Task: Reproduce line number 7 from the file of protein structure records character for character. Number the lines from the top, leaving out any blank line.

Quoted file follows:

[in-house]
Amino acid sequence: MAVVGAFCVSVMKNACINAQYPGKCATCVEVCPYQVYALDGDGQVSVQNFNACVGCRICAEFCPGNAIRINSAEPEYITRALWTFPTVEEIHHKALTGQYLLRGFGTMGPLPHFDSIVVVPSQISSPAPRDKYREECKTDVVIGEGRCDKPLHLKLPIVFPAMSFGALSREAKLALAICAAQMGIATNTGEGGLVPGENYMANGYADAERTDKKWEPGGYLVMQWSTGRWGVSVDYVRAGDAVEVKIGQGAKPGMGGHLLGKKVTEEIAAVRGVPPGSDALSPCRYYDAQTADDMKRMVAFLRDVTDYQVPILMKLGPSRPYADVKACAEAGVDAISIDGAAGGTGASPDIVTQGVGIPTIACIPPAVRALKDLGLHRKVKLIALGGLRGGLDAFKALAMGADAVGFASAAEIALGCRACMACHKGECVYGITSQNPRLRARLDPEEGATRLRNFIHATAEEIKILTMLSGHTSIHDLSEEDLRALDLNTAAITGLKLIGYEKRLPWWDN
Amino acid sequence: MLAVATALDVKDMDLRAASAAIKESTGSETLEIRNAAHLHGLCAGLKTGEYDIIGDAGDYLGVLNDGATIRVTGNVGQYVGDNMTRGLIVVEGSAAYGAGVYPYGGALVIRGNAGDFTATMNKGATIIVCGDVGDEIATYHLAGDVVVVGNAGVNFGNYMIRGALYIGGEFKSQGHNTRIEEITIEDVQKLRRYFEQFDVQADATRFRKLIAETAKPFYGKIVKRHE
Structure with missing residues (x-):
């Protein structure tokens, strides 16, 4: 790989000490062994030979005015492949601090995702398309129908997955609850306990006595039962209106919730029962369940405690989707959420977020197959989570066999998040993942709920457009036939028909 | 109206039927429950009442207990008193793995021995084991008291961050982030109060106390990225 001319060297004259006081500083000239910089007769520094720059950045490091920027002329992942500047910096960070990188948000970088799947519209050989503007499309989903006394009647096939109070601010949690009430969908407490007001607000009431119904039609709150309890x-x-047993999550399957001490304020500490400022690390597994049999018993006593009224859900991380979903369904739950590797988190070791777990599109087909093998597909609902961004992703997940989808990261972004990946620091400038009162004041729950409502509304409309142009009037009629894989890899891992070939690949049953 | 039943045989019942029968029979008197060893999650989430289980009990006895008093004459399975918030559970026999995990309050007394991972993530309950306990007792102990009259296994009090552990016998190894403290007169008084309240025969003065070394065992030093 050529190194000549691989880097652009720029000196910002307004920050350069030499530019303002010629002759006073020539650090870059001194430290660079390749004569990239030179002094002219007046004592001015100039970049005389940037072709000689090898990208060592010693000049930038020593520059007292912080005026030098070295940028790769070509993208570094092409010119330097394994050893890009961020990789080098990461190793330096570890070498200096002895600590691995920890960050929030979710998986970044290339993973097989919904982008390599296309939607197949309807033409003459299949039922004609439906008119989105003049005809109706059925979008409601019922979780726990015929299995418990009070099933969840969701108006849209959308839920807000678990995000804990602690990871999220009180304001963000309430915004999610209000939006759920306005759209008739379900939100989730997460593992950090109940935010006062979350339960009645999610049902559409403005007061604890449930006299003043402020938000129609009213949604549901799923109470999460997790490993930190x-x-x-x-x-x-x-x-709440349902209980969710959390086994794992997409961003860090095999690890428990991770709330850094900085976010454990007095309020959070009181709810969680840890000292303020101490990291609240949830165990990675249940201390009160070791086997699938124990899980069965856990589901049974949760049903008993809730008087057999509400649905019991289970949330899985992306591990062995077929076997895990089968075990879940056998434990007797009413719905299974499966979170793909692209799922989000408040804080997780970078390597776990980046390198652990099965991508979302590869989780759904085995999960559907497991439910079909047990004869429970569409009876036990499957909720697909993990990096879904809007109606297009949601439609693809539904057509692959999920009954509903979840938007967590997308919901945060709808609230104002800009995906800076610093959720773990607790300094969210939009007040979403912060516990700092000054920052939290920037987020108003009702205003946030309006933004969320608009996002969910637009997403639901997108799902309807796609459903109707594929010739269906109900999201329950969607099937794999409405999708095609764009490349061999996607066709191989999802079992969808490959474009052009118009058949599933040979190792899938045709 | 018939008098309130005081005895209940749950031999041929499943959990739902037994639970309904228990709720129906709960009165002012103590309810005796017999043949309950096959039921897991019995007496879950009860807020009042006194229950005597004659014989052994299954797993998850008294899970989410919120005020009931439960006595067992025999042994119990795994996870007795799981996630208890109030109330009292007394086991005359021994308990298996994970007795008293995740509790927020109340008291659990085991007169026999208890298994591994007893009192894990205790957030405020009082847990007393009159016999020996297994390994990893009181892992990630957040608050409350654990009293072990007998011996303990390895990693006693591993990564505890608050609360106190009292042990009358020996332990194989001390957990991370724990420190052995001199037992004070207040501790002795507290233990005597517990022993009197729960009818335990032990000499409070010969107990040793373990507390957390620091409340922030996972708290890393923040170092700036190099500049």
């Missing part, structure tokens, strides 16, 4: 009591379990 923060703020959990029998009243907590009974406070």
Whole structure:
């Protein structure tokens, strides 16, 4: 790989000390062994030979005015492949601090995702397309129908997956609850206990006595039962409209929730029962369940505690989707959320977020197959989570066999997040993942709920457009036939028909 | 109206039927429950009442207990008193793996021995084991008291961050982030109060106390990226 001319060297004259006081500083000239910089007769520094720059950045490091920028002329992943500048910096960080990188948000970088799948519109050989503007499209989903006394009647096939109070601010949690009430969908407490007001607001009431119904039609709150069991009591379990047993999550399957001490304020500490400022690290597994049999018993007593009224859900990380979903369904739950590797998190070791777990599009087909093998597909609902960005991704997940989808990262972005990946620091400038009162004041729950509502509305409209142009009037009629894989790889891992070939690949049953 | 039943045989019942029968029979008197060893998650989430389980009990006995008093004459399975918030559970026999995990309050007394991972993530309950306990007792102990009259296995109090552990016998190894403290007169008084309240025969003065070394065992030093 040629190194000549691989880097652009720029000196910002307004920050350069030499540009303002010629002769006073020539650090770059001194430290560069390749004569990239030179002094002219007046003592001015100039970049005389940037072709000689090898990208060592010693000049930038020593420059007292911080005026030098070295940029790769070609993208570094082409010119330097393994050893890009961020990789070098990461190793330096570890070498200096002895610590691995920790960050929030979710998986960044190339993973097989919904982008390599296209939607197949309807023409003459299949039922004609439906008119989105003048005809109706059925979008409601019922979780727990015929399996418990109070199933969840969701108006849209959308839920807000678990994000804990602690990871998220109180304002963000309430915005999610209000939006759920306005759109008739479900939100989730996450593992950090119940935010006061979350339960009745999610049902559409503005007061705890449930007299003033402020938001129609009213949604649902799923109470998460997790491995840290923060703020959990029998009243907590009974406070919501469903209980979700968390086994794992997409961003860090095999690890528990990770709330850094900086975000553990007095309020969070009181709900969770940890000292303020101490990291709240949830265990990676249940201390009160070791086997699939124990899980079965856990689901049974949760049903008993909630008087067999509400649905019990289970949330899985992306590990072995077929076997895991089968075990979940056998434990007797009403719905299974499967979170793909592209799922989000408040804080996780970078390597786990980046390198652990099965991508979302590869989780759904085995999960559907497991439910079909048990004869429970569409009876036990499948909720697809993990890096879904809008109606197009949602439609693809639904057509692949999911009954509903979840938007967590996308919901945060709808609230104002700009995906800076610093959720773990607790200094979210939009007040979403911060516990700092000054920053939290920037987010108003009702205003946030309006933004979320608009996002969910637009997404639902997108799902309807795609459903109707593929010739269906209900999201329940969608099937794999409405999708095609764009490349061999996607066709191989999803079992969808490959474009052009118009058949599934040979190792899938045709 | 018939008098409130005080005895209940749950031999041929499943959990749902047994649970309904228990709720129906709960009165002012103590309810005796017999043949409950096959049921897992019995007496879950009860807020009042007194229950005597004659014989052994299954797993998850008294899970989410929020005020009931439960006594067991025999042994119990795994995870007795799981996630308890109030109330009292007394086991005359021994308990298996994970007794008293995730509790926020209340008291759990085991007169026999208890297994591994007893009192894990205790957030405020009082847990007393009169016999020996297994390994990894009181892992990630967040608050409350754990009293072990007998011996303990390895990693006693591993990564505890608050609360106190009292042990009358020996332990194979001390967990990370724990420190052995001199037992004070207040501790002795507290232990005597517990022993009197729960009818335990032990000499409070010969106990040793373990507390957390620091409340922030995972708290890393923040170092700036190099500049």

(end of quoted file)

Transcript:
Whole structure: